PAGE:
Wendy’s is one of my favorite go-to examples for this. Wendy’s isn’t scared to have fun, show personality and a sense of humor, and engage creatively via social listening. A scroll through their tweets and replies will show tons of unique ways the brand has jumped in on social conversations. 

Product and Company Improvements

The best source of feedback is your customers. You want them to know you’re listening on social media so they continue to provide insights into their experiences and how you can improve. 

Let’s look at a hypothetical to understand this: You sell T-shirts

On a small scale, you might have a customer post on social media that the size medium fits more like a small. So unfortunately, while they love the shirt, it doesn’t fit. Here, you can simply respond and let the customer know that you’ll send them a new shirt in size large, free of charge. 

On a larger scale, you can look at trends on social media conversation about sizing. Is this a recurring theme or an isolated comment? If recurring, look at adding a sizing chart to your product pages or even reconsider the sizing altogether. 

Test New Ideas and Campaigns

Testing new ideas in small batches before investing in the whole kit and caboodle is a smart business strategy to mitigate risk as you scale or launch new campaigns and products.

As far as social listening goes, you can split-test paid social campaigns and see how each campaign performs. Look at the engagement, analyze the sentiment, and cross-check it with the data to see which approach works best. 

You can also make adjustments on the fly. 

Inform Your Marketing Strategy

Social listening is rich with actionable insights about your target audience. With it, you can see what topics, content types, brands, keywords, and other trends are popular with your target market. You can then craft not only a social media marketing strategy, but your entire overarching marketing strategy around these learnings. 

This is also likely to change over time, too, so ongoing social listening can clue you into those shifts and your brand can stay ahead of the trends. 

The National Park Service has a really fun way of “listening” to negative reviews. Browse their various social media accounts, and you’ll see tons of posts highlighting the ridiculous reviews along with information commentary from the NPS.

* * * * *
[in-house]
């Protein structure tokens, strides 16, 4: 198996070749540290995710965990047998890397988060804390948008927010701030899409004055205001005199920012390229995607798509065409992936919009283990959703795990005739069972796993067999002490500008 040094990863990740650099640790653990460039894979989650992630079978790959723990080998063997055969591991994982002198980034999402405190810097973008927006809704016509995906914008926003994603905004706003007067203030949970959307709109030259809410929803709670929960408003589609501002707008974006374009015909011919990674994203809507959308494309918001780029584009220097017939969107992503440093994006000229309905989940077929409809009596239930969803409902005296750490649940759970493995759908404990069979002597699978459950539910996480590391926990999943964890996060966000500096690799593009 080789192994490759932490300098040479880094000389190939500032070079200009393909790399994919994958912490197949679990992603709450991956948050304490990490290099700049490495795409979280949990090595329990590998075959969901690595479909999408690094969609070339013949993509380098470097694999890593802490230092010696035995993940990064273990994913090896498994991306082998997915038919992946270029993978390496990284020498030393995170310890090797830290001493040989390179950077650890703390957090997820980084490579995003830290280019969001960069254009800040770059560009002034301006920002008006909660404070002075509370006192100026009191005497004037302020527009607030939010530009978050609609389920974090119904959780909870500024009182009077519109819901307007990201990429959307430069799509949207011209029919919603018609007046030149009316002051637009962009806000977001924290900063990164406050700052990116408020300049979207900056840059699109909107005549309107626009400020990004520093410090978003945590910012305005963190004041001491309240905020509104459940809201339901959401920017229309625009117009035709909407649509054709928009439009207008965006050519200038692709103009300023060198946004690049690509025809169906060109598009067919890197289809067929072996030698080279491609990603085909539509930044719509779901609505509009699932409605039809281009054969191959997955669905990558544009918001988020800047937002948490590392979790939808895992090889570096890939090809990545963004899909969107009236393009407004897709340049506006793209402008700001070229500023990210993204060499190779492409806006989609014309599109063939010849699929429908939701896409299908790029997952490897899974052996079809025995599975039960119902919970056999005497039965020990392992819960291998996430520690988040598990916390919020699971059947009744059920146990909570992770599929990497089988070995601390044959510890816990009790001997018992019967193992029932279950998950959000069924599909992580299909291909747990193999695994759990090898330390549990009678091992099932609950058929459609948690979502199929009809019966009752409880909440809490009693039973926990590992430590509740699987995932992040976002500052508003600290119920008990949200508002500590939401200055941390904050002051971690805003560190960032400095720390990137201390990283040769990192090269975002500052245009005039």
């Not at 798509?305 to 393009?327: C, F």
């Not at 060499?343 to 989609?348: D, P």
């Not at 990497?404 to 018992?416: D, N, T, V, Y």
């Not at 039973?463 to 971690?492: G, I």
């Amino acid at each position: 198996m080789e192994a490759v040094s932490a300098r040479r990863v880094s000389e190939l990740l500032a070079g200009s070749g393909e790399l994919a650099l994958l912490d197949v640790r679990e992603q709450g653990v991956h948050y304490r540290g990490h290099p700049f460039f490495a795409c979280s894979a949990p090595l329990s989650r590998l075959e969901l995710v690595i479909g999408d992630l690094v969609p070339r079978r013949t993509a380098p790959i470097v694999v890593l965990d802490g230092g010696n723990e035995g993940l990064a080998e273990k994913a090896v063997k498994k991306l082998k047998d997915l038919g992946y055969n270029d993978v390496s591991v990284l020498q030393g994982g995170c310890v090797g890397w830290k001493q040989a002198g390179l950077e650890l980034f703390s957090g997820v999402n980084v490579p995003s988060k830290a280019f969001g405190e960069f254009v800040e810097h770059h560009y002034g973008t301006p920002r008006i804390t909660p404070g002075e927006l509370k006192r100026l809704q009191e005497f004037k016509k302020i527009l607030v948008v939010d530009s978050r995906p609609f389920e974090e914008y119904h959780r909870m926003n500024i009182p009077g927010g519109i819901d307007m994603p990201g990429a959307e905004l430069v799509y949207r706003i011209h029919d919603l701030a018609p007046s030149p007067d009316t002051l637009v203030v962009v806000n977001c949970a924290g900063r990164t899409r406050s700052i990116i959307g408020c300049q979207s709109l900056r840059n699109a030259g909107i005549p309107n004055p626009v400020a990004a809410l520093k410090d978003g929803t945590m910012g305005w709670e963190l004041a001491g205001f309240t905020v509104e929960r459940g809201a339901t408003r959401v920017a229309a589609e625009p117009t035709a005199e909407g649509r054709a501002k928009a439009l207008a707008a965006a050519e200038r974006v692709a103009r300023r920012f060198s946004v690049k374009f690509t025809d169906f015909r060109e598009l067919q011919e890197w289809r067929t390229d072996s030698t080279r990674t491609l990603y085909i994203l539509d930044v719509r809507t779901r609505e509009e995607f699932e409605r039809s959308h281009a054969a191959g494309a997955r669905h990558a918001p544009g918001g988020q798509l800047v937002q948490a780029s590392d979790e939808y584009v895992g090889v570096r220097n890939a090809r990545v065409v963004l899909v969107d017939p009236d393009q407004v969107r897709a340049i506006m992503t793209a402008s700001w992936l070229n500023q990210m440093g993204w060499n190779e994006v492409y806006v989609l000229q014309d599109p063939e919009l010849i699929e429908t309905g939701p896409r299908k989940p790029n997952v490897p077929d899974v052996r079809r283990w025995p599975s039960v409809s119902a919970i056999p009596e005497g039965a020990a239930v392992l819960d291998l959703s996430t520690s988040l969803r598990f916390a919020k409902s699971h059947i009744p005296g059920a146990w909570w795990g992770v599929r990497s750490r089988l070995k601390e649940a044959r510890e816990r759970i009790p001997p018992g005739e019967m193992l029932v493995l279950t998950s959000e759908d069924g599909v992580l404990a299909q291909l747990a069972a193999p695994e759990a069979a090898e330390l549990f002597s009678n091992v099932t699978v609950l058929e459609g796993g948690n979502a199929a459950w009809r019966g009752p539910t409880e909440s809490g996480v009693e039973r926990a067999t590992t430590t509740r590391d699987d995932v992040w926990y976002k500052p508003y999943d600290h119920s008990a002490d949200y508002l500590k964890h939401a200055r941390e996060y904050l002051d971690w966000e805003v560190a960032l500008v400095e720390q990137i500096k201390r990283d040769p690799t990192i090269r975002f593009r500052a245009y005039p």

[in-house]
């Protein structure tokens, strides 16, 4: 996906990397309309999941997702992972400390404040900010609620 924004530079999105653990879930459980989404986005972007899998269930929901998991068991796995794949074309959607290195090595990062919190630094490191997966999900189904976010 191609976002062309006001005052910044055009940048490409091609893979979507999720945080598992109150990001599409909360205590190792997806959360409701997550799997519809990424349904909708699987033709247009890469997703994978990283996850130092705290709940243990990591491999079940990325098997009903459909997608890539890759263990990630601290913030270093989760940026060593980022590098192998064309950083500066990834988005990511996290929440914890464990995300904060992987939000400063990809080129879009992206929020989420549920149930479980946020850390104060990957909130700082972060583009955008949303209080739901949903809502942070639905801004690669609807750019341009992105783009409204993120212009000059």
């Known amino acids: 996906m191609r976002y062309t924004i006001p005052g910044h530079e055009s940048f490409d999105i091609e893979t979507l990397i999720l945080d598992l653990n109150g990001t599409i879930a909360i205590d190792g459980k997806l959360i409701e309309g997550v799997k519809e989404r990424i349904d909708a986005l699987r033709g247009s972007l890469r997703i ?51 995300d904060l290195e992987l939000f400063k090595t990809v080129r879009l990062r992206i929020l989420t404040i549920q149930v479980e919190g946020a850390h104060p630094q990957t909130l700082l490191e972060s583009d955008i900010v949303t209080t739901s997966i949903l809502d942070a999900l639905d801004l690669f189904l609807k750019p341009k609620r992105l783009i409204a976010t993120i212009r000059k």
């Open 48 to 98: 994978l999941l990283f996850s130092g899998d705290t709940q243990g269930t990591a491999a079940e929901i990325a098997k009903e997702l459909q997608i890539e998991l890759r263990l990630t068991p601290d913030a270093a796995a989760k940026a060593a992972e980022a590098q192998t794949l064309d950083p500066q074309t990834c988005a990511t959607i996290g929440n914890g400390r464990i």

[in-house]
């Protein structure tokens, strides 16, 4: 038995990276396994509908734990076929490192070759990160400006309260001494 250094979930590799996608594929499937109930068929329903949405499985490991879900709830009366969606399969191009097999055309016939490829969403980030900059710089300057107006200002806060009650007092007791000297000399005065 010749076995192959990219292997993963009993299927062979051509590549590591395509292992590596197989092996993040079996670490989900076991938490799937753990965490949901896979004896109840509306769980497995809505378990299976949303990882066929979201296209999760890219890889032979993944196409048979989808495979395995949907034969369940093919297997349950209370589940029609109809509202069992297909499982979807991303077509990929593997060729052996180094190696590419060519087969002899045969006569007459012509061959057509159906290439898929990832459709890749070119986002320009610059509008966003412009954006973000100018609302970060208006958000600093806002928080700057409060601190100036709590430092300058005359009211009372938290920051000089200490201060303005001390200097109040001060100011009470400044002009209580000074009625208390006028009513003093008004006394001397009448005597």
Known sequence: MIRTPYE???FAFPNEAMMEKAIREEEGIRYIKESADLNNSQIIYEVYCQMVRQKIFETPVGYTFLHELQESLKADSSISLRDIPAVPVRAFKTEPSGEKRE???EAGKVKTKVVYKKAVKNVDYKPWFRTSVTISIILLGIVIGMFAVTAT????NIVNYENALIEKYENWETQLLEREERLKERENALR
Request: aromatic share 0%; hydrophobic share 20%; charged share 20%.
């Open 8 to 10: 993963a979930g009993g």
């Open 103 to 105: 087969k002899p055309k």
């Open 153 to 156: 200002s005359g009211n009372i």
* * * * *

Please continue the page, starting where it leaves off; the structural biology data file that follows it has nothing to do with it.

This can be a risky approach, so refer to “test new ideas and campaigns” before filling up your social content calendar with these types of posts. 

Stay in the Know

By listening to what people are saying, you’re getting access to real-time insights about your industry. You’ll see if there’s a new competitor gaining traction in the market share, or if there’s a new industry trend you need to think about incorporating into your products. 

Identify Key Influencers

Social listening also shows you whose content is making the rounds and the topic of conversation on social. This can reveal potential influencers to collaborate with on integrated campaigns to promote your brand and products to a new, engaged audience.

Drive Sales

While all of the above benefits combine to increase sales — through customer retention, brand image and awareness, smart marketing, and so on — you can also use social listening to sniff out leads who are ready to convert.

How to Do Social Listening

Social listening requires an intentional practice of setting goals and knowing what you plan to track, understanding the channels where you can (and should) listen, and using the right tools to analyze and engage. 

Set Goals

Navigating social listening without goals is like navigating a journey without a destination. You might have a map, but it won’t tell you where you need to go. In social listening, you might have all the data and conversations in your possession, but without goals, you’ll have no direction as to what to do with it. 

So, what goals make sense for social listening? 

Consider some of the benefits listed above, as those are great inspiration for feasible goals. For example: